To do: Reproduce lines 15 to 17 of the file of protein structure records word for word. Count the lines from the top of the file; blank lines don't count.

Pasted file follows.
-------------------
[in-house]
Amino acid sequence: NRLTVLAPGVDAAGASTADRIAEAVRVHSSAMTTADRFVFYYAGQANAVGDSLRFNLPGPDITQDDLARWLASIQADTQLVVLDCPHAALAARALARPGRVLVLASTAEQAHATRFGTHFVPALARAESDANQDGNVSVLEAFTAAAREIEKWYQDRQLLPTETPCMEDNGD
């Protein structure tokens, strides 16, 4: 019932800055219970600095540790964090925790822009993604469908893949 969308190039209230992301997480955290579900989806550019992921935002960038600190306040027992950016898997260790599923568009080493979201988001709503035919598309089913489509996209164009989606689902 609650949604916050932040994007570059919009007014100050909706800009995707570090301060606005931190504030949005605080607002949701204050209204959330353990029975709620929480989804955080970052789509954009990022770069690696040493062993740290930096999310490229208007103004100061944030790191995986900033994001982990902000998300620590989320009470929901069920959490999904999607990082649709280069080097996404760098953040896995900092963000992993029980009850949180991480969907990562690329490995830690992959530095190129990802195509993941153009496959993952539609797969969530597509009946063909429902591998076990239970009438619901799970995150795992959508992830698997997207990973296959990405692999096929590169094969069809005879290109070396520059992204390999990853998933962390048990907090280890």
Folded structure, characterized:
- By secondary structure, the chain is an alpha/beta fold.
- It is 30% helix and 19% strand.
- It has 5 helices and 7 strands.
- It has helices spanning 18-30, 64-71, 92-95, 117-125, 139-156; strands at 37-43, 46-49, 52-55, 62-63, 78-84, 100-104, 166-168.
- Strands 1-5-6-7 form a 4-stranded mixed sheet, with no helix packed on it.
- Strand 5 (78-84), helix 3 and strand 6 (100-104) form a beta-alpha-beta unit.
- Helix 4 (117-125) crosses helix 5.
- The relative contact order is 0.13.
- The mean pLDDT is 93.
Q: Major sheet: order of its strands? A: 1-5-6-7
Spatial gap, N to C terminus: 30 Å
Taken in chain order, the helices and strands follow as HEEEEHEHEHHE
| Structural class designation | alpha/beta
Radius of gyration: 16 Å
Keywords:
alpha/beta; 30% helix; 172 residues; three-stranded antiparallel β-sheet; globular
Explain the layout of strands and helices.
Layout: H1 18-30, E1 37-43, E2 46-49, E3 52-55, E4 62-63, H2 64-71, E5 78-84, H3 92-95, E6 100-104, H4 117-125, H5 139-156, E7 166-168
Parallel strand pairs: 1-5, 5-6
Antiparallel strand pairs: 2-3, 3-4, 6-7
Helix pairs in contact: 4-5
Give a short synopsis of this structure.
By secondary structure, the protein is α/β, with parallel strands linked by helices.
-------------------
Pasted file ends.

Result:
Spatial gap, N to C terminus: 30 Å
Taken in chain order, the helices and strands follow as HEEEEHEHEHHE
| Structural class designation | alpha/beta